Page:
The pressure was on. Front and center, in full view of the entertainers who were stomping and strumming their hearts out, and surrounded by Jim’s partying friends and family, I couldn’t have felt more awkward if I'd been seated on the stage. I did the only thing a hungry seat-filler could do: I dug into my food.
            To be fair, Jim was a nice guy and an accomplished musician. As it turns out, he was also the writer of several hit country songs which he performed and I enjoyed. And while I might not be the most rambunctious of fans, I’m a polite one. I didn’t heckle, I applauded when appropriate, and I chewed my food quietly. Kristin and I stayed for the entire program, and I tipped generously—at least enough to cover the cost of the CD. What more could a performer want from a fan? Had Tim McGraw himself been on the stage, I might have been a bit more rowdy. But I doubt it.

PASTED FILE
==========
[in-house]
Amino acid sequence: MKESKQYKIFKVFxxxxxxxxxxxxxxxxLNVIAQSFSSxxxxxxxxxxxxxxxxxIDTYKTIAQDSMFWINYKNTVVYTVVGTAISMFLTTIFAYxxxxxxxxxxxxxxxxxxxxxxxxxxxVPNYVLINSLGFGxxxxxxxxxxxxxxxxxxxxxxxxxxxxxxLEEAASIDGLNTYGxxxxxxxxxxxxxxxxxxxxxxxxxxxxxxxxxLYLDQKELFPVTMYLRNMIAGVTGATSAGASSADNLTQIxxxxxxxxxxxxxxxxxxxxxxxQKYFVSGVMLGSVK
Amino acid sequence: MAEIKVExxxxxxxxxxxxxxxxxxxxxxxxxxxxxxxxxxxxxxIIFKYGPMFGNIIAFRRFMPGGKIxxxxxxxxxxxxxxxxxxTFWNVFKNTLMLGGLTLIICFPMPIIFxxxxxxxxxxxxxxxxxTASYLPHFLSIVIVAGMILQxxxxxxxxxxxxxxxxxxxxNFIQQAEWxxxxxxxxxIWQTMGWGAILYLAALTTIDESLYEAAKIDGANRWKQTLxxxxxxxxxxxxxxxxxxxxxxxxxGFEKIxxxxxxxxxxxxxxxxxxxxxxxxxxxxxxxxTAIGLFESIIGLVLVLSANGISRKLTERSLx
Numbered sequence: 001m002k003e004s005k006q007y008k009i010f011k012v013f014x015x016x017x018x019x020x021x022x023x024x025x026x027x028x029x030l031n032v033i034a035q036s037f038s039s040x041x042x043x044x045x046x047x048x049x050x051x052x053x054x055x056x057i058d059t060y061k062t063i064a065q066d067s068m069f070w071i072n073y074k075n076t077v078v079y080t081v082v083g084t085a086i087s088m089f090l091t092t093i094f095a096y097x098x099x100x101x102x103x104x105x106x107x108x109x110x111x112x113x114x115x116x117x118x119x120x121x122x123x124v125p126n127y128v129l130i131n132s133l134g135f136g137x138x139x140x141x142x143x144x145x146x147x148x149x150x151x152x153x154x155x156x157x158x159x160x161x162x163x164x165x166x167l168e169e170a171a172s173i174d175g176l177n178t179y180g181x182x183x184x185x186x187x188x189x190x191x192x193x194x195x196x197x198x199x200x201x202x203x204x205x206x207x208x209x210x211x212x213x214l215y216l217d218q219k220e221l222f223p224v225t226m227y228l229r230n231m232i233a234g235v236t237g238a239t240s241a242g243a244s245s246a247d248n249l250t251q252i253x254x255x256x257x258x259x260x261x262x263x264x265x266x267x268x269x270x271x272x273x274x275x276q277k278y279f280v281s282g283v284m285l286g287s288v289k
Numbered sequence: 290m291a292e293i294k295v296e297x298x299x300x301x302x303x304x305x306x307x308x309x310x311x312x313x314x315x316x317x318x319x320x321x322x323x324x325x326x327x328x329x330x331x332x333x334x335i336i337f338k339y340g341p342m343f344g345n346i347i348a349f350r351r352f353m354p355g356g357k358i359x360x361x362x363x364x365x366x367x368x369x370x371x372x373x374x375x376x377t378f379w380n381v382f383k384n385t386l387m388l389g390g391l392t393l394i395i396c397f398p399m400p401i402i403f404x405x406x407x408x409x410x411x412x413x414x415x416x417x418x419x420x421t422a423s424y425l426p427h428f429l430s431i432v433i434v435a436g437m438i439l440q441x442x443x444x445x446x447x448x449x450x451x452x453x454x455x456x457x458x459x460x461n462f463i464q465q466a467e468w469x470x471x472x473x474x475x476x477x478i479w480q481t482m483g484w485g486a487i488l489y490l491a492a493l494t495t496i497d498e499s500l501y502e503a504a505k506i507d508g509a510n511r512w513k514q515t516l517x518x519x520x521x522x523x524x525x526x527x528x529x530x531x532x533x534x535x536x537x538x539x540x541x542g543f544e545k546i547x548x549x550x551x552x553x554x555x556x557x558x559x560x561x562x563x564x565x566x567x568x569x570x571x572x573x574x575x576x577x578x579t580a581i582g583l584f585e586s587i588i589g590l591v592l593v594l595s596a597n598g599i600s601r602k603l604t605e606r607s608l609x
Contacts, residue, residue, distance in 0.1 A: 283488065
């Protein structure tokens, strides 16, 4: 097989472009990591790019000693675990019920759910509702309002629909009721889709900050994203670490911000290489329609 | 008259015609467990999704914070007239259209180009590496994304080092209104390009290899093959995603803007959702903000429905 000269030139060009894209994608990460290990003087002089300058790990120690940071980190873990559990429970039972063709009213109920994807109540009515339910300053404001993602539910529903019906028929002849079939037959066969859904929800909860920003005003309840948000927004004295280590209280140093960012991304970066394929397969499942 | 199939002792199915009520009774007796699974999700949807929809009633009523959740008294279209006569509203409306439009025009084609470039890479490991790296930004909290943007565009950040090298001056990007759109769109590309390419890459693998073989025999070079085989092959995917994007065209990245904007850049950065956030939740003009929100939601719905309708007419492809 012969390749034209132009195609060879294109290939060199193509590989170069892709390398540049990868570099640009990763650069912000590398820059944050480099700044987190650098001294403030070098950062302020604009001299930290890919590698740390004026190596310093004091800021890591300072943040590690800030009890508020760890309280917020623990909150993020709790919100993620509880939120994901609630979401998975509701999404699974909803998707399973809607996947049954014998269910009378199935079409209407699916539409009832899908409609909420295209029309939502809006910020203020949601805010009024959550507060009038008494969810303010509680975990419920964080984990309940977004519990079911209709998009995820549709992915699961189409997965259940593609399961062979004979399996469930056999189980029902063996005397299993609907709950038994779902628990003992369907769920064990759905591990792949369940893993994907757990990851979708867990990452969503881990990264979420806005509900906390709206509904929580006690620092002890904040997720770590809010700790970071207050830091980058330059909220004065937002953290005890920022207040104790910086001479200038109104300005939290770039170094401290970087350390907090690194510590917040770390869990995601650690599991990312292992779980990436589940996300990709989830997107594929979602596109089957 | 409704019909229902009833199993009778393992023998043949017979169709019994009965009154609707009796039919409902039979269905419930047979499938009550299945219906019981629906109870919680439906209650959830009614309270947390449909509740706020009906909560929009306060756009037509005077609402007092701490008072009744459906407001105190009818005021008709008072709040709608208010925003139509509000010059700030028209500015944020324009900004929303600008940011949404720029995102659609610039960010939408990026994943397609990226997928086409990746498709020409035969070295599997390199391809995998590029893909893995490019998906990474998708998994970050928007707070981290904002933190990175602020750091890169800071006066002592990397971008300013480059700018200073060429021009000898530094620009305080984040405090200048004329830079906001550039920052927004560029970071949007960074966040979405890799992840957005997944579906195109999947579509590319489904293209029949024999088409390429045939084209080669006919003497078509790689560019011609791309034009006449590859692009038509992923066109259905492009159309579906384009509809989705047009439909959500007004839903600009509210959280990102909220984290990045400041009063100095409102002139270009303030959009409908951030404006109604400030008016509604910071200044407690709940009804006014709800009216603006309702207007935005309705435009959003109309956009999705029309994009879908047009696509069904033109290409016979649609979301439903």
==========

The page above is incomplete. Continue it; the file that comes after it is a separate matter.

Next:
Performers in background were closer than they appear.


Tuesday, March 10, 2015

Not Your Ordinary Madonna

            The winter months in Oklahoma always present a conumdrum for me. Minus the yardwork and outside activities of summer, I have plenty of time to write, but the post-holiday letdown and the bleak and bleary landscape don’t provide much in the way of inspiration or ideas.  It’s sort of like when you’re working, you have money but no time to shop. Then when you’re not working, you have time but no money. 
            But this past weekend, friend Nancy rescued me from my winter malaise with the suggestion we take in the “Madonnas of the Prairie” Exhibit at the National Cowboy & Western Heritage Museum. I found plenty to write about there.
            The exhibit was organized and curated by Michael R. Grauer at the Panhandle-Plains Historical Museum in Canyon, Texas. The more than one hundred works are tributes to the women of the American West—both native and transplanted—from the late 19th century through the present. They depict a wide range of artistic styles as well as varied notions about the women, either past or present, who embody the western spirit. They also elicit an array of emotions.